China, ‘state-centric’ humanitarianism, and the International Committee of the Red Cross

A historical background

Authored by: Caroline Reeves

Routledge Handbook of South–South Relations

Print publication date:  December  2018
Online publication date:  December  2018

Print ISBN: 9781138652002
eBook ISBN: 9781315624495
Adobe ISBN:

10.4324/9781315624495-19

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Abstract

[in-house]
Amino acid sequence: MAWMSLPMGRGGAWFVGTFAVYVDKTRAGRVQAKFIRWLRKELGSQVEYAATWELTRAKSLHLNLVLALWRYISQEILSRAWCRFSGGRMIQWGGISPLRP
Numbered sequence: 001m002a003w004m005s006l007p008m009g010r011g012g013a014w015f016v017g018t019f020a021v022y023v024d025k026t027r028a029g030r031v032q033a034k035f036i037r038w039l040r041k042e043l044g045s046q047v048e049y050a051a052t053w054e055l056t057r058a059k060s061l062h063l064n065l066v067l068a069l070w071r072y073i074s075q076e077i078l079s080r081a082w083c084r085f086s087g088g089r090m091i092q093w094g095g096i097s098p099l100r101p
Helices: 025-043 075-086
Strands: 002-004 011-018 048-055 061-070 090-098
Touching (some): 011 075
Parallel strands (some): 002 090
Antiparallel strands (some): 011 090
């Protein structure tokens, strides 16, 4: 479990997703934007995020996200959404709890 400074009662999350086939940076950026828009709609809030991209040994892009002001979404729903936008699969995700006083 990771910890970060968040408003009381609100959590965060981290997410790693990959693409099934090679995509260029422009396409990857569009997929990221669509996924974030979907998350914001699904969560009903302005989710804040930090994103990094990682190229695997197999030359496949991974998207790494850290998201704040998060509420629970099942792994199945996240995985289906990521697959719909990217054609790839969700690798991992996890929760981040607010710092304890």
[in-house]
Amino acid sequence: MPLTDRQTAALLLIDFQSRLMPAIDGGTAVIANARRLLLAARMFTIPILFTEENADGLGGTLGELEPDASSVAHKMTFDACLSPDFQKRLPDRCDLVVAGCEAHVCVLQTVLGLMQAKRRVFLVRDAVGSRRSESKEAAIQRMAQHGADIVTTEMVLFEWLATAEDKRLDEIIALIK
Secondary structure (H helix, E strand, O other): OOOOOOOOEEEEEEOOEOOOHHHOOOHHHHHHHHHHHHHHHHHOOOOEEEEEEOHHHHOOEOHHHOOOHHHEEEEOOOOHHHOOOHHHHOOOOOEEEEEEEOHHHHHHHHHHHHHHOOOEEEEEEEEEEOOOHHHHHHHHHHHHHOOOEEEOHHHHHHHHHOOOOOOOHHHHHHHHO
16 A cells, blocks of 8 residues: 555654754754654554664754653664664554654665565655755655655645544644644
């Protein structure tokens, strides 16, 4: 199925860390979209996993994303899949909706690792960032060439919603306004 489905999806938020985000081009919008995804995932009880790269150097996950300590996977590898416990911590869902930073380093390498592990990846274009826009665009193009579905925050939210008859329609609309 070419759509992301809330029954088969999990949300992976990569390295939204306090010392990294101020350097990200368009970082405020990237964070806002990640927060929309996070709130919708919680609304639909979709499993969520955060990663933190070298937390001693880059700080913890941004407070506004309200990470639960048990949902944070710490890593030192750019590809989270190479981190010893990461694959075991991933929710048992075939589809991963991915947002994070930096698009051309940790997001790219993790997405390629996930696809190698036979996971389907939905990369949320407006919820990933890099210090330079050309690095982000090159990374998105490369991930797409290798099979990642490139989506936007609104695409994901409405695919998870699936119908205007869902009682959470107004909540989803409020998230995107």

Presenting historical examples of Chinese and International Committee of the Red Cross (ICRC) state-centric humanitarianism in China throughout the early 20th century, this chapter undermines assumptions of a universal, immutable understanding of what global giving should be and unpacks the formulation of ‘neutrality, impartiality and independence’ in humanitarian action. Highlighting the early years of the Red Cross Society of China, a national-level, indigenous Chinese Red Cross organisation with international ties formed in 1904, this chapter delves into the history of state–civic collaborative aid in China and gives historical and geographical depth to current debates on what constitutes good humanitarian practice. Based on an analysis of extensive empirical data, this chapter argues that the current trend of criticising significant state involvement in humanitarian efforts is myopic, given both the variety of the world’s charitable traditions as well as the global North’s own recent history of encouraging state involvement in relief provision. China’s current statist position on aid provision is not a new construction of the People’s Republic of China (PRC), but is historically grounded in a much longer tradition of Chinese attitudes toward the provision of social welfare, and can provide an important example for giving throughout the global South.

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